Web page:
Stochasticity generates an evolutionary instability for infectious disease
Read, Jonathan M. and Keeling, Matthew James (2007) Stochasticity generates an evolutionary instability for infectious disease. Ecology Letters, Vol.10 (No.9). pp. 818-827. ISSN 1461-023XFull text not available from this repository.
Official URL: http://dx.doi.org/10.1111/j.1461-0248.2007.01078.x
Traditional models of disease evolution are based upon the deterministic competition between strains that confer complete cross-immunity, and predict the selection of strains with higher basic reproductive ratios (R-0). In contrast, evolution in a stochastic setting is determined by a complex mixture of influences. Here, to isolate the impact of stochasticity, we constrain all competing strains to have an equal basic reproductive ratio - thereby eliminating deterministic selection. The resulting stochastic models predict an evolutionary unstable strategy, which separates a region favouring the evolution of rapid-transmission (acute) strains from one favouring persistent (chronic) strains. We find this to be a generic phenomenon with strain evolution consistently driven towards extremes of epidemiological behaviour. Even in the absence of an equal R-0 constraint, such stochastic selective pressures operate in addition to standard deterministic selection and will therefore influence the evolutionary behaviour of disease in an scenarios.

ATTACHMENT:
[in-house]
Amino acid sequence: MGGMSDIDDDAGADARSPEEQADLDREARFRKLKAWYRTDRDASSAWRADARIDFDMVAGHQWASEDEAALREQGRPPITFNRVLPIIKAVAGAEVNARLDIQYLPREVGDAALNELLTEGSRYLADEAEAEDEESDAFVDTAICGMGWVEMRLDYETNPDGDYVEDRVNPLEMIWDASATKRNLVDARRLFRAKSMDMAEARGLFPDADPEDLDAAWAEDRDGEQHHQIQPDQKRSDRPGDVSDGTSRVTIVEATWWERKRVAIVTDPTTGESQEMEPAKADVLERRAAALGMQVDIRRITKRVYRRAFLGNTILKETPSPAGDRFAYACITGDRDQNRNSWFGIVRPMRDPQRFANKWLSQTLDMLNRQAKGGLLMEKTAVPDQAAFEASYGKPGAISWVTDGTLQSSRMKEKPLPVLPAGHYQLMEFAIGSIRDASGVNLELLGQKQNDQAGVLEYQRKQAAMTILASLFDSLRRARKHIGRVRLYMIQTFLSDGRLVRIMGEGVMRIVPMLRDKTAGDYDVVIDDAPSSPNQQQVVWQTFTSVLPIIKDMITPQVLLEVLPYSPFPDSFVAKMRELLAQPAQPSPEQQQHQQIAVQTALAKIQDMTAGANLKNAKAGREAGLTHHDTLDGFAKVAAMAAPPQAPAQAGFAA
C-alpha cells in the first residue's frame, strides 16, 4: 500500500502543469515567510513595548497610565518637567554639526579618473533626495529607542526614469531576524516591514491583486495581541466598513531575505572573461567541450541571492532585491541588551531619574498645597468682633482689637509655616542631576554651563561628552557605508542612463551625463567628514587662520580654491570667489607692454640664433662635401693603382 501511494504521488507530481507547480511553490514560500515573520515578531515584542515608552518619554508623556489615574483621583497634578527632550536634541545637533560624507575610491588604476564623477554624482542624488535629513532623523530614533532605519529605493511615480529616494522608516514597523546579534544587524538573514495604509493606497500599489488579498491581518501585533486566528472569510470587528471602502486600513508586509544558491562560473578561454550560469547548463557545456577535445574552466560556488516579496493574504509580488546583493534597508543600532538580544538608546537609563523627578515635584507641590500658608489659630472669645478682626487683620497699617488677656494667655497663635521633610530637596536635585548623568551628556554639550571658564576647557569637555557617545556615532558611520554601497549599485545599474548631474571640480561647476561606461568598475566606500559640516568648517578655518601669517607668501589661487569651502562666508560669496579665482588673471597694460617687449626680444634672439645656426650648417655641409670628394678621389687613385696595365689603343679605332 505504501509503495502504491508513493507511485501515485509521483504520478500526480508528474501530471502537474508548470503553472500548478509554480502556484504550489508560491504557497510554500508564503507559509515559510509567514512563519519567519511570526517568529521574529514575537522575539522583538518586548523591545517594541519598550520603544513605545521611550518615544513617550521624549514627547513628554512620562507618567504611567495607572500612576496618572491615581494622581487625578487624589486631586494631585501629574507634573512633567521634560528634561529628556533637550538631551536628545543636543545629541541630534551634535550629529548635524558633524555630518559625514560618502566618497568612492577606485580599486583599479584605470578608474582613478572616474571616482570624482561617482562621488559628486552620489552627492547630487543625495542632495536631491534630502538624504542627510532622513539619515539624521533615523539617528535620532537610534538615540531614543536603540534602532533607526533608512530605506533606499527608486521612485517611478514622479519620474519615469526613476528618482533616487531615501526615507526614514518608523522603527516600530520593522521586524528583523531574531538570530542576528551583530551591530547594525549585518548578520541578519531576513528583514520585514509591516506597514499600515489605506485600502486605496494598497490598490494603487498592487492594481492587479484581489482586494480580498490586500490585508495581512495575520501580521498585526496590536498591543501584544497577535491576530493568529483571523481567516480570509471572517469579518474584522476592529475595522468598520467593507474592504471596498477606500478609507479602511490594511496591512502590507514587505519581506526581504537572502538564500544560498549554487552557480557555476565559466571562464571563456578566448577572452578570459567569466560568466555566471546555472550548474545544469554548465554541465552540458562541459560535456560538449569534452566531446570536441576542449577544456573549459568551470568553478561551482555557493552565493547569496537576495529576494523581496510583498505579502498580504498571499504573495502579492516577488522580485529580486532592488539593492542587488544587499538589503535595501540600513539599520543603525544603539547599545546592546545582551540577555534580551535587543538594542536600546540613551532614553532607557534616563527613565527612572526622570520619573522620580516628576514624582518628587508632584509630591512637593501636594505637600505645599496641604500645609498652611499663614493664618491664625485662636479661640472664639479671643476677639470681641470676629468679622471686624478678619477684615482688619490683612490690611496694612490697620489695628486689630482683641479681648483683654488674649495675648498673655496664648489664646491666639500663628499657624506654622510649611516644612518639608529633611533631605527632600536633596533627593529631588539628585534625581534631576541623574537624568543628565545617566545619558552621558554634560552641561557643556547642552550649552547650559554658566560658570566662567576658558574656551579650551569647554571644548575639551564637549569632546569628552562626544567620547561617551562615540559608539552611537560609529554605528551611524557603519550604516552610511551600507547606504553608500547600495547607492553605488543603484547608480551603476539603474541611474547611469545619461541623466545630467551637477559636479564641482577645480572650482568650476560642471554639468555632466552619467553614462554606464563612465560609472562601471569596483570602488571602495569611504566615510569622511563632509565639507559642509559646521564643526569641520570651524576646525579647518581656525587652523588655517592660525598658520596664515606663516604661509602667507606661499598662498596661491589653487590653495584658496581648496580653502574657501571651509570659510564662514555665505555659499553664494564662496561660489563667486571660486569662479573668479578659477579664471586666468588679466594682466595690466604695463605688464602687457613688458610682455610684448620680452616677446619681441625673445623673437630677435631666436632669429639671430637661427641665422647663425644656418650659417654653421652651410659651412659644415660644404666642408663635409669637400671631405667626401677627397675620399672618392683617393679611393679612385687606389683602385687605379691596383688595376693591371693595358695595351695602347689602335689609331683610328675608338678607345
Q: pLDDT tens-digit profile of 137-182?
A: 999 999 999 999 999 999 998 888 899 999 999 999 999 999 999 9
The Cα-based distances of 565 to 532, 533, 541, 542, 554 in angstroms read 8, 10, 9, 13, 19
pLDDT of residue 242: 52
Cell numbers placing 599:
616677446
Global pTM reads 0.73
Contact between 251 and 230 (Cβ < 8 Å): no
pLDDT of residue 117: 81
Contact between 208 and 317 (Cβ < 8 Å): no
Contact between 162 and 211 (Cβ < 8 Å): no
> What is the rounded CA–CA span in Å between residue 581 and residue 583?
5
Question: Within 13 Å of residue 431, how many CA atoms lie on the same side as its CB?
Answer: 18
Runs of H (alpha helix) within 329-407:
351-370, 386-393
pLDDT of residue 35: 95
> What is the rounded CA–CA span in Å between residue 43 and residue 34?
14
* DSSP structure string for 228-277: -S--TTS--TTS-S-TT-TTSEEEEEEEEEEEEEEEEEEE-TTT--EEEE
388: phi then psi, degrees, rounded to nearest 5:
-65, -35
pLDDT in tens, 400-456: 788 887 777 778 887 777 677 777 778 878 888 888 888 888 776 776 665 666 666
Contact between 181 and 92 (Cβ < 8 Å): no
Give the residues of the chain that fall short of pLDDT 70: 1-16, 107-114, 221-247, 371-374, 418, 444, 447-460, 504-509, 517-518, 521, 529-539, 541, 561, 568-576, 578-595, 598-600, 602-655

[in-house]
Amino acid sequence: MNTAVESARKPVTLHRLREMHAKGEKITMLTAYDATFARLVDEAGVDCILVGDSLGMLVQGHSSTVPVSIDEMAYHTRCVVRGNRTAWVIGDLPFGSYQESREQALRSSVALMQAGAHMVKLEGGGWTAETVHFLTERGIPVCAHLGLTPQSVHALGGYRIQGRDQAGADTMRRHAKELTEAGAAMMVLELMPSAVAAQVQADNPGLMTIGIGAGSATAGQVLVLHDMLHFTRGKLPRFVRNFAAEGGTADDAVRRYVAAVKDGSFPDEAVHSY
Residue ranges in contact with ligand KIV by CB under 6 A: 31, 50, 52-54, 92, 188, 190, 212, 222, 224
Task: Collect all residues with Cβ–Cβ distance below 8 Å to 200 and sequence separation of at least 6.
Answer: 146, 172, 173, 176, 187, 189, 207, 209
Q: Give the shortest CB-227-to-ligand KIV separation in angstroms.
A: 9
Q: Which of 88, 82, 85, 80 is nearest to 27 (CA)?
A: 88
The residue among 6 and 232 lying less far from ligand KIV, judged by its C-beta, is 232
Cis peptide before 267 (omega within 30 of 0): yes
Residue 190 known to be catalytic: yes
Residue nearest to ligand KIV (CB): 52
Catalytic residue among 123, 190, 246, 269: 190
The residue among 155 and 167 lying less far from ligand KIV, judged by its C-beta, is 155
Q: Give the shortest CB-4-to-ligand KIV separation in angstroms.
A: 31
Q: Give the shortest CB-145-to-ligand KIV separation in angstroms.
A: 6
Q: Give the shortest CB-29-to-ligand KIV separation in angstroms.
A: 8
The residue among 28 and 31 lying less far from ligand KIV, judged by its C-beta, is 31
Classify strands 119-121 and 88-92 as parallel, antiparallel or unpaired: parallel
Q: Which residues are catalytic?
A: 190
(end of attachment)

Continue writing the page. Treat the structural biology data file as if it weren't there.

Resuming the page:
|Item Type:||Journal Item|
|Subjects:||Q Science > QH Natural history > QH301 Biology|
|Divisions:||Faculty of Science > Life Sciences (2010- ) > Biological Sciences ( -2010)
Faculty of Science > Mathematics
|Journal or Publication Title:||Ecology Letters|
|Publisher:||Wiley-Blackwell Publishing Ltd.|
|Number of Pages:||10|
|Page Range:||pp. 818-827|
|Access rights to Published version:||Restricted or Subscription Access|
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